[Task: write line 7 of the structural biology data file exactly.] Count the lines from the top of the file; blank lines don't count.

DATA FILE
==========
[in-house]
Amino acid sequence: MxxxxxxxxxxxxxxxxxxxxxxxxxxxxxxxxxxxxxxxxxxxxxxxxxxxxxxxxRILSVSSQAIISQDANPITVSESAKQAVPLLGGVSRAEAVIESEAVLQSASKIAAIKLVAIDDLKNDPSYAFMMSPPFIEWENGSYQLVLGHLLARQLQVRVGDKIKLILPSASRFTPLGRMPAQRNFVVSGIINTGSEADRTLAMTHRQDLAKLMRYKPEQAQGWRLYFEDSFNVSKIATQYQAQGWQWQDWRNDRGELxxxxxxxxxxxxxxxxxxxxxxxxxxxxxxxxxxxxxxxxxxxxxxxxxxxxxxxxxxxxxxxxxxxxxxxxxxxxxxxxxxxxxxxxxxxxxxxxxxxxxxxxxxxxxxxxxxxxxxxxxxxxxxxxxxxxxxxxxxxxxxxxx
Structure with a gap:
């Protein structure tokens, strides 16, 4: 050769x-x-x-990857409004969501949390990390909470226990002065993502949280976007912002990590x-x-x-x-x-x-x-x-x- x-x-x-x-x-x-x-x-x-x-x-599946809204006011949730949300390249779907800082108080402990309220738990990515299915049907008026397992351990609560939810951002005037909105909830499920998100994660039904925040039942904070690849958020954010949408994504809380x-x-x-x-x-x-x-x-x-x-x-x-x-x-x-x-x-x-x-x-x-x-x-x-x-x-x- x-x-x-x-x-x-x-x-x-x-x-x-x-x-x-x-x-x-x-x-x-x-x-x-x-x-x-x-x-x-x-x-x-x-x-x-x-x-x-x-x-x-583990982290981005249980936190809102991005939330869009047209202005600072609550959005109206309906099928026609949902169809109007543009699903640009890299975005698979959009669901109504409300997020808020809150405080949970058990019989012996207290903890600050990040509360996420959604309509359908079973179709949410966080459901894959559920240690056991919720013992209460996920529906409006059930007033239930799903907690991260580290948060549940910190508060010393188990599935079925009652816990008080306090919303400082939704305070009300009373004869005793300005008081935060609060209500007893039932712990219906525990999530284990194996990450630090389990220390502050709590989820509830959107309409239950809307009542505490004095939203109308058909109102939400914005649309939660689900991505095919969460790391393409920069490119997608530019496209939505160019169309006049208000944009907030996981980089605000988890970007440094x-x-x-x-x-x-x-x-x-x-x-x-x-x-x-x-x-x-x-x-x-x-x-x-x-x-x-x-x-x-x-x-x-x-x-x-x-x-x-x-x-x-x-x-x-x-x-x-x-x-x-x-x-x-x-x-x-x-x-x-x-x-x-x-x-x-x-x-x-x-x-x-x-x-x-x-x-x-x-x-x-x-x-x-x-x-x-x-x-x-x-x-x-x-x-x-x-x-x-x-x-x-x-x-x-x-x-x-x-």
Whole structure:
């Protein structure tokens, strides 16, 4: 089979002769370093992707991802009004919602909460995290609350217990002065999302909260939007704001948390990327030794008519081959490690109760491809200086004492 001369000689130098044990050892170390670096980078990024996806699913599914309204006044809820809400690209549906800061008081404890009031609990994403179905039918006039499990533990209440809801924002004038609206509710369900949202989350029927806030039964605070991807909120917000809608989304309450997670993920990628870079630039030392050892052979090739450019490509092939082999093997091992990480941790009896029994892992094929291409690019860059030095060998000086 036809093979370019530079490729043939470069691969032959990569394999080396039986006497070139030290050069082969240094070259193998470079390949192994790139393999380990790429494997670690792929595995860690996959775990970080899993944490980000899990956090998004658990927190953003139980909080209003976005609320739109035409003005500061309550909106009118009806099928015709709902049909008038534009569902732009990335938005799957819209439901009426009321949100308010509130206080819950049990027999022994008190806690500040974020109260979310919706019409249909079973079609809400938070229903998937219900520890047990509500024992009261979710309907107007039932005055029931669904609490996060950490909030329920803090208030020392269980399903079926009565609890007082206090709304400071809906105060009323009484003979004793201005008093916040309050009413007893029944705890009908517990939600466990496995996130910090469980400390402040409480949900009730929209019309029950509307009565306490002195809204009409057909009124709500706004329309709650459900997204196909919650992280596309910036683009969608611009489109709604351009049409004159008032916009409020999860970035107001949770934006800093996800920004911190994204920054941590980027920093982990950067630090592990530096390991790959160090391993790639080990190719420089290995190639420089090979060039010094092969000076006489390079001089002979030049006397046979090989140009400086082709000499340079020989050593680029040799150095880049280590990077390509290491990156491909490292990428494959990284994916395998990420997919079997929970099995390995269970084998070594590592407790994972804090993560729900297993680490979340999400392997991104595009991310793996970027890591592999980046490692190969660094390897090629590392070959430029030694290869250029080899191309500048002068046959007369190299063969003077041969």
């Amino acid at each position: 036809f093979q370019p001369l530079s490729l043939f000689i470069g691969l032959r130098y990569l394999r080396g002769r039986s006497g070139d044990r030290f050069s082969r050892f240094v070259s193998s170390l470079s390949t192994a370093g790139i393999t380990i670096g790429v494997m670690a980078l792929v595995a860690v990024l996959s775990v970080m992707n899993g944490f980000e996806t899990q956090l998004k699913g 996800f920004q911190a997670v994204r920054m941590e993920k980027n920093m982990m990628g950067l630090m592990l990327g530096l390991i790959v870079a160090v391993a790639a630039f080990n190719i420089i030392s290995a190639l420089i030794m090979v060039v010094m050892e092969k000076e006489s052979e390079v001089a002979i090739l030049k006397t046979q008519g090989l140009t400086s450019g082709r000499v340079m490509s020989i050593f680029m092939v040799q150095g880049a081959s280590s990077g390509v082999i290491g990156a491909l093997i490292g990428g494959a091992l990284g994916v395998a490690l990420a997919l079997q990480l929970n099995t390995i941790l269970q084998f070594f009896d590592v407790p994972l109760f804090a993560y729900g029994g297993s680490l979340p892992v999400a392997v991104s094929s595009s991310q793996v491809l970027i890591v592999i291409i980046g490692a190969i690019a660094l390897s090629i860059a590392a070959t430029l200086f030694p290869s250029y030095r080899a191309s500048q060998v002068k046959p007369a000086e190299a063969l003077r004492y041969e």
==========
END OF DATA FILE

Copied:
């Amino acid at each position: 036809f093979q370019p001369l530079s490729l043939f000689i470069g691969l032959r130098y990569l394999r080396g002769r039986s006497g070139d044990r030290f050069s082969r050892f240094v070259s193998s170390l470079s390949t192994a370093g790139i393999t380990i670096g790429v494997m670690a980078l792929v595995a860690v990024l996959s775990v970080m992707n899993g944490f980000e996806t899990q956090l998004k699913g 996800f920004q911190a997670v994204r920054m941590e993920k980027n920093m982990m990628g950067l630090m592990l990327g530096l390991i790959v870079a160090v391993a790639a630039f080990n190719i420089i030392s290995a190639l420089i030794m090979v060039v010094m050892e092969k000076e006489s052979e390079v001089a002979i090739l030049k006397t046979q008519g090989l140009t400086s450019g082709r000499v340079m490509s020989i050593f680029m092939v040799q150095g880049a081959s280590s990077g390509v082999i290491g990156a491909l093997i490292g990428g494959a091992l990284g994916v395998a490690l990420a997919l079997q990480l929970n099995t390995i941790l269970q084998f070594f009896d590592v407790p994972l109760f804090a993560y729900g029994g297993s680490l979340p892992v999400a392997v991104s094929s595009s991310q793996v491809l970027i890591v592999i291409i980046g490692a190969i690019a660094l390897s090629i860059a590392a070959t430029l200086f030694p290869s250029y030095r080899a191309s500048q060998v002068k046959p007369a000086e190299a063969l003077r004492y041969e």